Presentation on theme: "Writing is Thinking: Cultivating Think-Allowed Classrooms"— Presentation transcript:
1 Writing is Thinking: Cultivating Think-Allowed Classrooms http://leadered.com/OHBPC/handouts.html Bernadette Lambert1
2 Learning OutcomeIdentify writing strategies to strengthen students’ complex thinking and problem solving skills to deepen comprehension of text.
3 Daggett System for Effective Instruction Daggett, Daggett System for Effective Student Achievement
4 Instructional Leadership Use research to to establish urgency for higher expectationsAlign curriculum to standardsIntegrate literacy and math across all content areasFacilitate data-driven decision making to inform instructionProvide opportunities for focused professional collaboration and growth
5 Teaching Embrace rigorous & relevant expectations for all students Build strong relationship with studentsPossess depth of content knowledge and make it relevant to studentsFacilitate rigorous and relevant instruction based on how students learnUse assessments to guide and differentiate instructionDemonstrate expertise in use of instructional strategies, technology, and best practices
7 Rigor is… Rigor is NOT… Scaffolding thinking More or harder worksheets Planning for thinkingAssessing thinking about contentRecognizing the level of thinking students demonstrateManaging the teaching/ learning level for the desired thinking levelMore or harder worksheetsAP or honors coursesThe higher level book in readingMore workMore homework7
11 Repeated Words/Images Listen as I read the text aloud.Reread the text.Work as a team to select 3-5 words and/or concepts repeated.Use those words/concepts to write a $1 summary statement (each word costs 10¢).
17 What is the purpose of the book Hungry Planet? The purpose of the book Hungry Planet is
18 What is the purpose of the book Hungry Planet? The purpose of the book Hungry Planet is to document how people in different parts of the world obtain and eat food.
19 What is the purpose of the book Hungry Planet? The purpose of the book Hungry Planet is to document how people in different parts of the world obtain and eat food. To illustrate, the authors feature 30 families from 24 different countries with a typical week’s worth of food for each. As might be expected, the menus are very different, although the authors suggest, “The global marketplace has changed the way people are eating.”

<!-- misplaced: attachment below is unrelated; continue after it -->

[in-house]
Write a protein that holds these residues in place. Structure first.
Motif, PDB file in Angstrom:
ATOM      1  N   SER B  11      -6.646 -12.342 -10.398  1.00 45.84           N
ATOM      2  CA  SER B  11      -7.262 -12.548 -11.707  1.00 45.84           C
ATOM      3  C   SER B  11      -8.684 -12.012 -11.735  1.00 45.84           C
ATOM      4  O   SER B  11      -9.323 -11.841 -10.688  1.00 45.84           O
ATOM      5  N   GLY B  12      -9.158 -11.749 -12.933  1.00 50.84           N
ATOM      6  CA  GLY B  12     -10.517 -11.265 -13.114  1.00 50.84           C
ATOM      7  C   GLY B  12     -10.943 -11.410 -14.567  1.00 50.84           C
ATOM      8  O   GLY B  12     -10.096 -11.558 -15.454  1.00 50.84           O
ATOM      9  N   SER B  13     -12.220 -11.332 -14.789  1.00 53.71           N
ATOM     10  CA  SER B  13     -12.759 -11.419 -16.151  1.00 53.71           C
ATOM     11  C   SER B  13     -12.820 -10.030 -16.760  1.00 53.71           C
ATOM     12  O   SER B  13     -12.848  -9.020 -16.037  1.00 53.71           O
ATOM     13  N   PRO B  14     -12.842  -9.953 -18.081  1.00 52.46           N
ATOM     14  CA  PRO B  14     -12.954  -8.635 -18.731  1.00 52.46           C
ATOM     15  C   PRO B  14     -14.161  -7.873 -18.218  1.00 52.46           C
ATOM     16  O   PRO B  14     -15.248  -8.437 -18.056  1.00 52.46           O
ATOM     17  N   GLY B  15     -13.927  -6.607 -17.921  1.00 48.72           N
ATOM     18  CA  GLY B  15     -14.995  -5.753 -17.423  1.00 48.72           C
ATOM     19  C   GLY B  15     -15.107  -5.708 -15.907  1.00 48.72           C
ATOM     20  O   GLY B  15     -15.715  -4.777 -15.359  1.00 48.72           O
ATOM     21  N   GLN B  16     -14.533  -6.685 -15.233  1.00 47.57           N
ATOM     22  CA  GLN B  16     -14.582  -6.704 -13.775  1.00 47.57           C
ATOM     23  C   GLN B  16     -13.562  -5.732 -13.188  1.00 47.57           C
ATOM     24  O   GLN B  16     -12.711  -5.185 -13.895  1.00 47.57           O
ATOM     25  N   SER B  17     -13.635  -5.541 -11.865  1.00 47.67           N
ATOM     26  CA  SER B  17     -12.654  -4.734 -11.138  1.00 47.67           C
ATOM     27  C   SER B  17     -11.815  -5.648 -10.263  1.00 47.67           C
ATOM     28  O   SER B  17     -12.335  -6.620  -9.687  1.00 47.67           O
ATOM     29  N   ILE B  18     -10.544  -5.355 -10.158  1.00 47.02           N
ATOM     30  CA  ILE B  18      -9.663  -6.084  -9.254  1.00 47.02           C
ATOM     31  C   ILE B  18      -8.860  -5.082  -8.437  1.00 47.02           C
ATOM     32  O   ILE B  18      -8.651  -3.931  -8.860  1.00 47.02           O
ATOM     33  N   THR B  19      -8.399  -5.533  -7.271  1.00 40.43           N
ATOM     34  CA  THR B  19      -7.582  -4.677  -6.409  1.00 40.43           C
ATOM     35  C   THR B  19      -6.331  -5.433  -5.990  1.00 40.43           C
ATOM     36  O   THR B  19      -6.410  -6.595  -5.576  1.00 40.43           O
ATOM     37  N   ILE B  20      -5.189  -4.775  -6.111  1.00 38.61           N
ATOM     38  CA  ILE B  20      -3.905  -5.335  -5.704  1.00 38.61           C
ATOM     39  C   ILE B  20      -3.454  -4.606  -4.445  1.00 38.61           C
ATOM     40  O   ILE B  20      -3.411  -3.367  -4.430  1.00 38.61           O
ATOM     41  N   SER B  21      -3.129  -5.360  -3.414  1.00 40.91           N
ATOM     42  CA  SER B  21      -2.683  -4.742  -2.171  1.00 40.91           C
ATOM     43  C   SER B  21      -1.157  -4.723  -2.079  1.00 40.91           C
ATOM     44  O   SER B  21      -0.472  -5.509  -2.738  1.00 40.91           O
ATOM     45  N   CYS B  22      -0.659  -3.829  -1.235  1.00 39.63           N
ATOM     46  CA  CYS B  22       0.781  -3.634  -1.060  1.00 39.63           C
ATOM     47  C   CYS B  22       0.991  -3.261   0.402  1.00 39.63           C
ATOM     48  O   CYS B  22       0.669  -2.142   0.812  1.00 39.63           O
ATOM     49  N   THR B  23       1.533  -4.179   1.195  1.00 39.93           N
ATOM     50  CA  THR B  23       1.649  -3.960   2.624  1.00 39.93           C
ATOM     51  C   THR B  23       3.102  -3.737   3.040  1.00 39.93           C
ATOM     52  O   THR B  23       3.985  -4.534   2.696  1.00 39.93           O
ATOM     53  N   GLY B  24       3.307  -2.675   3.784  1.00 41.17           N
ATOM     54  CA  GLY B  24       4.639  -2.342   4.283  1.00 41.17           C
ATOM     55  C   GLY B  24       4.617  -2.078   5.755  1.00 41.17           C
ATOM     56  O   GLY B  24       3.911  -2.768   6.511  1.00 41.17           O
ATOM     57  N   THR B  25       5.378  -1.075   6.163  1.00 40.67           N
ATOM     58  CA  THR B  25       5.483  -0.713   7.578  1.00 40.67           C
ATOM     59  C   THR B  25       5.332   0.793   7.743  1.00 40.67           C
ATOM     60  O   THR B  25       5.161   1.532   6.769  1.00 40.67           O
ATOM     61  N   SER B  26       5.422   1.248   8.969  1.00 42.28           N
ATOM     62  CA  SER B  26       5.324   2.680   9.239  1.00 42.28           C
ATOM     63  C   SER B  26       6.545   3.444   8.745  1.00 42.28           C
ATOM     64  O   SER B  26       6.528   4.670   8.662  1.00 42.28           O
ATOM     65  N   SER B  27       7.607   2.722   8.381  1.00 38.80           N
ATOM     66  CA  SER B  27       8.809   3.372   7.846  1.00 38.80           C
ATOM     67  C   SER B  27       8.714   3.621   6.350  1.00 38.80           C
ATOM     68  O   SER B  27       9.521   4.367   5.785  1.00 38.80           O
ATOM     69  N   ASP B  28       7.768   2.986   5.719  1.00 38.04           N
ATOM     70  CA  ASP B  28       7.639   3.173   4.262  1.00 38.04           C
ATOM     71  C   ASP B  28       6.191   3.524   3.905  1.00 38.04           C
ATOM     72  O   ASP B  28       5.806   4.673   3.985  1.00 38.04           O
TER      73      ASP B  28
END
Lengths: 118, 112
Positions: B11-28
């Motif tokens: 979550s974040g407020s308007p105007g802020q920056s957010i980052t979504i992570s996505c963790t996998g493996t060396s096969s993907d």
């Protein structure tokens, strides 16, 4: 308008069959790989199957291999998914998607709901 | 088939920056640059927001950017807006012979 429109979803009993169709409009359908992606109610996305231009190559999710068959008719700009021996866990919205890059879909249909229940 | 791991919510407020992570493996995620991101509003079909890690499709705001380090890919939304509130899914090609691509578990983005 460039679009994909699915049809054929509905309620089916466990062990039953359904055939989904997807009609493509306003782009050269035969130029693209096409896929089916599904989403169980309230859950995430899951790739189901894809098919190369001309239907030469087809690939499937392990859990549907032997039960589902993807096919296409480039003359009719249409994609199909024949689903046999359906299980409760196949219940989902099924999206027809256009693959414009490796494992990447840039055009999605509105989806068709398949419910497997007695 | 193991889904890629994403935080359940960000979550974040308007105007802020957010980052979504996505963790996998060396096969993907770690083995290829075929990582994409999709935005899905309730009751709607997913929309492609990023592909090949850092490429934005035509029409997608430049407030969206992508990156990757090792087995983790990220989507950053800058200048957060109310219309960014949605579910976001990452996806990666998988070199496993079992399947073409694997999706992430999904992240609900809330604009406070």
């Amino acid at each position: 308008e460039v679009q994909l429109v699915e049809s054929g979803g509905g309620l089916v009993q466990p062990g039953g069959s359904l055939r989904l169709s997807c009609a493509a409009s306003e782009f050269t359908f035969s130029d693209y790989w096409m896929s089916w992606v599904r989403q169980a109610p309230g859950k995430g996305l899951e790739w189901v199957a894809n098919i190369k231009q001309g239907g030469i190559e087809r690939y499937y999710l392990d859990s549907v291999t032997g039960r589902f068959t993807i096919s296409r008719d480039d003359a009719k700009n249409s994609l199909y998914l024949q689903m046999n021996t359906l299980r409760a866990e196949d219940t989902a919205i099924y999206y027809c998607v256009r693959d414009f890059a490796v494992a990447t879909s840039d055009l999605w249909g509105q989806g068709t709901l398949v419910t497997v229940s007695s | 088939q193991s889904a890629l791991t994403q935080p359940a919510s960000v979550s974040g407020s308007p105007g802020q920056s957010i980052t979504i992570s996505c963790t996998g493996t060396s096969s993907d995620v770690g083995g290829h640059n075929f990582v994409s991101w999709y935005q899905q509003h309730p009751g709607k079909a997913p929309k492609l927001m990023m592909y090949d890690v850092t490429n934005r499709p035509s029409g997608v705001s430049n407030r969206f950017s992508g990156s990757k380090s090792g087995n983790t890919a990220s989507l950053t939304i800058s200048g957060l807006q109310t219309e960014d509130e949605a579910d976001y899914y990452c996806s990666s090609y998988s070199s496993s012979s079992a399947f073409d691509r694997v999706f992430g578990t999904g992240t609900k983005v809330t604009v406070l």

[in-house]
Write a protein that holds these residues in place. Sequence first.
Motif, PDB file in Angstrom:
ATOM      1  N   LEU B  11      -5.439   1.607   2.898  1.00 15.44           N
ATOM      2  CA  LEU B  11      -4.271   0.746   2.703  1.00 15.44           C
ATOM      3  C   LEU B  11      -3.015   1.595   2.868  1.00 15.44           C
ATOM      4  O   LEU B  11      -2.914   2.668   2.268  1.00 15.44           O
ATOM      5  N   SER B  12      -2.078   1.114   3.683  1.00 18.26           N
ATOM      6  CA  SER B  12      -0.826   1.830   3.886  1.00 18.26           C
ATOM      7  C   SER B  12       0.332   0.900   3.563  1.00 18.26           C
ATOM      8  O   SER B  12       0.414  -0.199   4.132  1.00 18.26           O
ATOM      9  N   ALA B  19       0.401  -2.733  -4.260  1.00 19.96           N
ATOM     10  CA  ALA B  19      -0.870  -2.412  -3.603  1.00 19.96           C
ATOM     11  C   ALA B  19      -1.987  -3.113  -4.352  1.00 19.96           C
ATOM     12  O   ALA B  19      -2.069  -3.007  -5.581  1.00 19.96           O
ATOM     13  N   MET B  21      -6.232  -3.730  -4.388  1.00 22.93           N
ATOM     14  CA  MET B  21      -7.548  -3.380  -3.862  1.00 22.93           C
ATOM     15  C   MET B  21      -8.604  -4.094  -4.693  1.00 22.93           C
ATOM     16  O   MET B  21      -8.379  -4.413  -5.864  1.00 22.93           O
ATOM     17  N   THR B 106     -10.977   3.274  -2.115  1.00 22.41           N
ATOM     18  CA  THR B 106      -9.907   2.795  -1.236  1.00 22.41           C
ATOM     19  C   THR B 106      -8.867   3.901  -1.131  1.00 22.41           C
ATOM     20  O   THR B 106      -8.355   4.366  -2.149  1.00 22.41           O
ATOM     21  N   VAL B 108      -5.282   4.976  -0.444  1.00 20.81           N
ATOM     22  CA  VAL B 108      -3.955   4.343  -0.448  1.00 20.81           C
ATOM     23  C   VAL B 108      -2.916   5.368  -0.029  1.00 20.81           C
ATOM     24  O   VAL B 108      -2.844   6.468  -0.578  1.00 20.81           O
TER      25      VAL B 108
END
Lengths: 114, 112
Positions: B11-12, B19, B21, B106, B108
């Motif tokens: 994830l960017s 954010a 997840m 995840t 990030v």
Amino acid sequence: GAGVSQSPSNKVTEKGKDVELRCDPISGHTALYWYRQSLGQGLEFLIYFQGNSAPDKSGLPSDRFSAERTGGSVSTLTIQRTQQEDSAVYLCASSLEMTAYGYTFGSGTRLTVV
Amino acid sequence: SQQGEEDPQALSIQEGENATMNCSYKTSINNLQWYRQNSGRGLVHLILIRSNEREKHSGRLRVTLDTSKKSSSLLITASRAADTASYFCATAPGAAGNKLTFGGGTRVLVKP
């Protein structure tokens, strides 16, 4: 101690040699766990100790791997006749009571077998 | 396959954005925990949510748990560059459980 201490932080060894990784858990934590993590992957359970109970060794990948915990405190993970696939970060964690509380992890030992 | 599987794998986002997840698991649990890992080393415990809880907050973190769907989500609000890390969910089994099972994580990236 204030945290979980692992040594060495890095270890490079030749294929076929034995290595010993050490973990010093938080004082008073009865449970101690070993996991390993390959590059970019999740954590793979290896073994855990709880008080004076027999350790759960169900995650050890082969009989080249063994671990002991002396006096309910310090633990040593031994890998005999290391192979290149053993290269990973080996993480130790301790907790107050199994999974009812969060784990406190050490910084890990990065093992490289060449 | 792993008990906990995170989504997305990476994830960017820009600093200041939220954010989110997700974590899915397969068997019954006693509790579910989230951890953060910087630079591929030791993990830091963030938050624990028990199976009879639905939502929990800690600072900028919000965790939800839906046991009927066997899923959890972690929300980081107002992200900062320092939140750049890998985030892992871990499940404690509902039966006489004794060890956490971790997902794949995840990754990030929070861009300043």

20 How does the author support his claim that eating shows how we live? Work with the others at your table to provide a F.A.T. answer to the question.Flip the question into a statement.Answer the question.Tell 2 or more details.
21 Question Starters What does the author mean by ___? How can you tell from the story that ___?What in the text makes you think that ___?How does the author show that ___?What clues does the author give to imply that ____?How does the author support his/her claim that ___?
23 Group Annotation for Close Reading After modeling aloud . . .Place students in small groups.Distribute different color markers.Read aloud first (short text).Students read silently and mark text by highlighting, underlining, or writing in margins.significantsurprisingsuspect
24 Group Annotation for Photo Analysis Allow students to independently study photo for 2 minutes. They should form an overall impression.Students then work in small groups to silently examine the people, objects, and activities in the photo by making connections and responding to comments by other group members.Finally, have group write inferences from photo and questions photo raises.
28 Role: Revis family from N.C. Audience: Out-of-town guestsFormat: Dinner MenuTopic: Generate a meal to entertain your guests that uses the food in your home, but also considers some items familiar to your guests.
29 Creative Thinking Create original designs. Propose new methods. Invent.Hypothesize.
37 Share the N.E.W.S. I Noticed . . . I Enjoyed . . . I Wonder . . . I Still need . . .
38 For further information about our work: Please contactInternational Center for Leadership in Education, Inc.ator
39 21st Annual Model Schools Conference Effective and efficient approaches to improving student achievement in times of declining resources and increasing expectationsFocusing on instructional excellence as the key to the Common Core State Standards, Next Generation Assessments, and Teacher EvaluationsInstructional approaches for special populationsIdentifying and overcoming common barriers to dramatic school improvementJune 30 – July 3 | Washington, D.C.
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